The former Russian Prime Minister referred to the three Baltic states as "our" on Tuesday, adding Poland was "temporarily occupied".
Firebrand Russian politician Dmitry Medvedev said Tuesday that the Baltics belong to Russia.
Writing on Twitter, the former Russian Prime Minister referred to Lithuania, Latvia and Estonia as "our" provinces, saying they had "soiled themselves" over Russia's invasion of Ukraine.
The incendiary comments were made in response to remarks made by Emmanuel Macron last week that Moscow had "already lost geopolitically".
“De facto, it [Russia] has entered a form of subservience with regards to China and has lost its access to the Baltic, which was critical, because it prompted the decision by Sweden and Finland to join NATO,” the French President told the Opinion newspaper.
The three small Baltic States were occupied by the USSR until it collapsed in 1991. The Soviet Union is viewed negatively by large swathes of the population, who have embraced their future within the EU and NATO.
Worries have grown in the Baltics about the threat posed by Russia since it invaded Ukraine in February. They are vocal supporters of Ukraine, providing aid, arms and hosting significant populations of Ukrainian refugees.
Medvedev, who served as Russian PM between 2000 - 2004, has emerged as a virulent anti-West, pro-war voice within the Kremlin. His incendiary remarks often create controversy.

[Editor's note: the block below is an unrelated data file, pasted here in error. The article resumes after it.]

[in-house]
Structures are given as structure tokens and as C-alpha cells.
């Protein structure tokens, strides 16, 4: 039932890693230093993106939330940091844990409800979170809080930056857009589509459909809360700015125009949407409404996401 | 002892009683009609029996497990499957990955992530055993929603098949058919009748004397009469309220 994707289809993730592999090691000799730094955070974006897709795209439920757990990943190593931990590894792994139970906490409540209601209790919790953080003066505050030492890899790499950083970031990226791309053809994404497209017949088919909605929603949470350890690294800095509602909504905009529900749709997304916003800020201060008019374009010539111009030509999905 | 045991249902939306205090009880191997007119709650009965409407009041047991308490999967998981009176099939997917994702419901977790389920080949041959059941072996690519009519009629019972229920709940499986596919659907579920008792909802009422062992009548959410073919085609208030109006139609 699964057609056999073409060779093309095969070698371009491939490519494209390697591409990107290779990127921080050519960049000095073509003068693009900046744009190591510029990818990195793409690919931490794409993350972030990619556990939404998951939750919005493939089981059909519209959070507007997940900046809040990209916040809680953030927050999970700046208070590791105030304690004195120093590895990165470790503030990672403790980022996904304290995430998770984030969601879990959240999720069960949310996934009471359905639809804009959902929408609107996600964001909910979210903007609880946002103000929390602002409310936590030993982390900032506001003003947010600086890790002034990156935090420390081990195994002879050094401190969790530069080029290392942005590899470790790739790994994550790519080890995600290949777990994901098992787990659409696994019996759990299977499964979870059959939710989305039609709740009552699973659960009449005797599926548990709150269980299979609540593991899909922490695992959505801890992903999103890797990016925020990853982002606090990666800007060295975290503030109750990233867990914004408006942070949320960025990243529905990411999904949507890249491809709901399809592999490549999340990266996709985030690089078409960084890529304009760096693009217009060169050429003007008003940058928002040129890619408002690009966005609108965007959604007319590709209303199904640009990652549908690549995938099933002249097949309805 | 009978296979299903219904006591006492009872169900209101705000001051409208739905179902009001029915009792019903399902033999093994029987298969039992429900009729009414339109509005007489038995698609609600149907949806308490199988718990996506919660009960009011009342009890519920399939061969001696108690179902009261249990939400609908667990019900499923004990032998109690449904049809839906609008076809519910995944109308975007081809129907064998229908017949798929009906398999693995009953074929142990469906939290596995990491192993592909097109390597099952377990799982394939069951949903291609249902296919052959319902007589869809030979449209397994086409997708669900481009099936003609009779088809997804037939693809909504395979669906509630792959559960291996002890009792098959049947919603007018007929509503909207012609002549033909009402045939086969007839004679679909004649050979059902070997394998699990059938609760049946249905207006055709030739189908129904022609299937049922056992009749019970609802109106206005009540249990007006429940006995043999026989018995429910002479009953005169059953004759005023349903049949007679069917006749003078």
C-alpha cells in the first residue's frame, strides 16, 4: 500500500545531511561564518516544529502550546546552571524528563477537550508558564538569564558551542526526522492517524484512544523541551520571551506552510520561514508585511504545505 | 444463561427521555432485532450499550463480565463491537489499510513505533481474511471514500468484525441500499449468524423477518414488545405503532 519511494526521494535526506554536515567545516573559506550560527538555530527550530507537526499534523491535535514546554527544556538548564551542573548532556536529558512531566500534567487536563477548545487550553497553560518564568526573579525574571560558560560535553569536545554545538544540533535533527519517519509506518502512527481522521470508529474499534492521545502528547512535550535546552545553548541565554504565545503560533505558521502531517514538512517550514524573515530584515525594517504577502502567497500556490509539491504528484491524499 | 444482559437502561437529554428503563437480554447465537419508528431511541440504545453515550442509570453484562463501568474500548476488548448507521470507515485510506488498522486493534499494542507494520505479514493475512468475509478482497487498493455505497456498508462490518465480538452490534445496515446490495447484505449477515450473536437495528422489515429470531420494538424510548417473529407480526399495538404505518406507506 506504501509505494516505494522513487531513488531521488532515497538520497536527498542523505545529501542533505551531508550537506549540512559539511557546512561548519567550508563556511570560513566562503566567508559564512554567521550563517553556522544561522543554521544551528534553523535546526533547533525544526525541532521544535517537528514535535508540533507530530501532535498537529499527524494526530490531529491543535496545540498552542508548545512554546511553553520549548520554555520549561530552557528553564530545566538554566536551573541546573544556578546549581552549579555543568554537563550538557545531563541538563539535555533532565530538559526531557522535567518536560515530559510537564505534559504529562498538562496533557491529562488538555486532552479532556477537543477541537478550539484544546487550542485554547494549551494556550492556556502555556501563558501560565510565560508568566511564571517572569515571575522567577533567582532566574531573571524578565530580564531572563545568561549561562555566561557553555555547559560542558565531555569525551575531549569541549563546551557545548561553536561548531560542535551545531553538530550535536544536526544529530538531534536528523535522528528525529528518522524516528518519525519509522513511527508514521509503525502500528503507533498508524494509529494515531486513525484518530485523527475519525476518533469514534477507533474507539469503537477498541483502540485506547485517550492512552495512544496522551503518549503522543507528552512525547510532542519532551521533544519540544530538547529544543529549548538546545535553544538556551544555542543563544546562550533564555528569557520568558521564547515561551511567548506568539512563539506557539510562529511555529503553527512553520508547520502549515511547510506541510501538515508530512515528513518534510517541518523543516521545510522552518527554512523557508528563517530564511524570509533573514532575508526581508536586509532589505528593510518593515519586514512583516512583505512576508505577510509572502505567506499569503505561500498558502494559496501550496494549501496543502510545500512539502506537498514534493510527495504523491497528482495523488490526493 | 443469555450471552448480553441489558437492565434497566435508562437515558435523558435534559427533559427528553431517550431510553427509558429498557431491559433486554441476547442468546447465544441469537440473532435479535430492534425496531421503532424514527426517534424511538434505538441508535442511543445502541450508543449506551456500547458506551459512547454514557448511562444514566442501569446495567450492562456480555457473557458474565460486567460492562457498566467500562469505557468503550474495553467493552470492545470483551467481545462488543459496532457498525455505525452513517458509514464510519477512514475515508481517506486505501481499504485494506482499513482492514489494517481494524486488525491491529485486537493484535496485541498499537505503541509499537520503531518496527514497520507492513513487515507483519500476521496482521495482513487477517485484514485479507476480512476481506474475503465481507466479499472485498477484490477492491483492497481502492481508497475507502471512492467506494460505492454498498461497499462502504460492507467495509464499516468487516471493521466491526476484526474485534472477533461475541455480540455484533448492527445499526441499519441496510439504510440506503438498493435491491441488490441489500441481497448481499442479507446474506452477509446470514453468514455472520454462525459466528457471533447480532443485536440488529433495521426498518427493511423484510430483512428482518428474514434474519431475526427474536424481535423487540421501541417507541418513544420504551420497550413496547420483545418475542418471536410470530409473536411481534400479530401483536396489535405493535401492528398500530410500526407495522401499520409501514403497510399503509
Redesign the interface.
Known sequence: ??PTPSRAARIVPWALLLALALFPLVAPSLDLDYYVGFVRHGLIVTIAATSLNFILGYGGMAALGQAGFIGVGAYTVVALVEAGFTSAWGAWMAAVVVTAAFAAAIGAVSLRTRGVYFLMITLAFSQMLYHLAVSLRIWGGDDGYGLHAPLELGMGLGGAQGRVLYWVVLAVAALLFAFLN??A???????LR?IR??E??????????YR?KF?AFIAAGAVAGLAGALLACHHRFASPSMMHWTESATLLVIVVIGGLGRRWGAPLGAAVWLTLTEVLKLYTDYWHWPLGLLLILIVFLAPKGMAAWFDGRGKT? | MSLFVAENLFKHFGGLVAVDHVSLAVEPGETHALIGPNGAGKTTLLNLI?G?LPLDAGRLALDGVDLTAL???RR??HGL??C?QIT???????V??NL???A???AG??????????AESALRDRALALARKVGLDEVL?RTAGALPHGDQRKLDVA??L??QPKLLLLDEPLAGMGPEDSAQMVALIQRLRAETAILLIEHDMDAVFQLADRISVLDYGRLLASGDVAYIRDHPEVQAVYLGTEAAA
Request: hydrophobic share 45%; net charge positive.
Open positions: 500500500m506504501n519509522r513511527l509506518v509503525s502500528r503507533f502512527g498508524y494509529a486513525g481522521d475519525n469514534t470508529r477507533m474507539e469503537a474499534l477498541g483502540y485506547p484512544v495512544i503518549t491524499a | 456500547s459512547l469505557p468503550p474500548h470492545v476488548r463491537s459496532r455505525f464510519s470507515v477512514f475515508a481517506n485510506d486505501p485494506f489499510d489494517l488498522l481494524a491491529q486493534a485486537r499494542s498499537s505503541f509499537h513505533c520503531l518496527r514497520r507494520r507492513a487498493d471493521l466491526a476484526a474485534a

He also referred to Poland as "temporarily occupied", alluding to NATO presence inside the country, which includes 10,000 American troops, according to AP.
Though not directly in the USSR, Poland was a satellite state of the Soviet Union. The communist system, which was popularly perceived as corrupt and ineffectual, collapsed in 1989.
In response to Macron's comments, Medvedev wrote: "A geopolitical loss?"
"Now, all of the NATO member states go to bed at night, and wake up in the morning thinking of Russia. Moreover, some of the especially cowardly and suffering from phantom pains, like temporarily occupied Poland and our Baltic provinces, have well soiled themselves."
"So, if there has indeed been a loss, it is that of the primitive NATO politics, with its underlying ambition to play the exceptional role in the 21st century," he added.
One consequence of the Russian invasion is that it galvanised Sweden and Finland - historically closely aligned with NATO, but not full members - to launch bids to join the military alliance, boosting its size and power.
Helsinki was admitted in April, though Stockholm's membership has been delayed due to a political dispute with Turkey.
In his Twitter post, which has had more than one million views, Medvedev claimed Europe was acting as a vassal for the "perverted whims of Americans".
"In the process, it is hurting its own economy and ordinary Europeans with masochistic lust," he added.
The Ukraine war has fuelled high inflation across Europe, impacting food and energy prices especially.
In January, a Eurobarometer poll found that an overwhelming majority of EU citizens back the bloc's continued support for Ukraine.
Seventy-four per cent said "yes" when asked if they approved of the EU assisting Ukraine, with one-third saying they “strongly” approved. Yet, the numbers did vary considerably from country to country.